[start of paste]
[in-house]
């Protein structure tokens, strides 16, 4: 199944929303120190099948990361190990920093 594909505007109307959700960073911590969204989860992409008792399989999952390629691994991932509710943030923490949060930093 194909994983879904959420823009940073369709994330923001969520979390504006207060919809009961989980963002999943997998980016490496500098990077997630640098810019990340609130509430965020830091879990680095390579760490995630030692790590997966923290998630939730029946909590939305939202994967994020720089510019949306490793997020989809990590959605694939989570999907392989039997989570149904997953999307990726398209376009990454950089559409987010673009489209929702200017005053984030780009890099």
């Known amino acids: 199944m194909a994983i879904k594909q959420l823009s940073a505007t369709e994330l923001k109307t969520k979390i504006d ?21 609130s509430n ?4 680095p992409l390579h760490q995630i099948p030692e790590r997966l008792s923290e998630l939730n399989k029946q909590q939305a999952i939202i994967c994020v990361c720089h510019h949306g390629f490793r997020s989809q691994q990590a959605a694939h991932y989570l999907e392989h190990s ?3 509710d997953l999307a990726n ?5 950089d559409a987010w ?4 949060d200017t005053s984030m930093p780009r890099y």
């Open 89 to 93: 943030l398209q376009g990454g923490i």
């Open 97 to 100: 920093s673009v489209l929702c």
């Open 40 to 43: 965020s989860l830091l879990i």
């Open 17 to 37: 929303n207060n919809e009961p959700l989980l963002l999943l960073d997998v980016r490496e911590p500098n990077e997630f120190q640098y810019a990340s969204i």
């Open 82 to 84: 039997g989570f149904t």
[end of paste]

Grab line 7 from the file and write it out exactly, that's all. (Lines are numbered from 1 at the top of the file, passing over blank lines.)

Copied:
């Open 17 to 37: 929303n207060n919809e009961p959700l989980l963002l999943l960073d997998v980016r490496e911590p500098n990077e997630f120190q640098y810019a990340s969204i």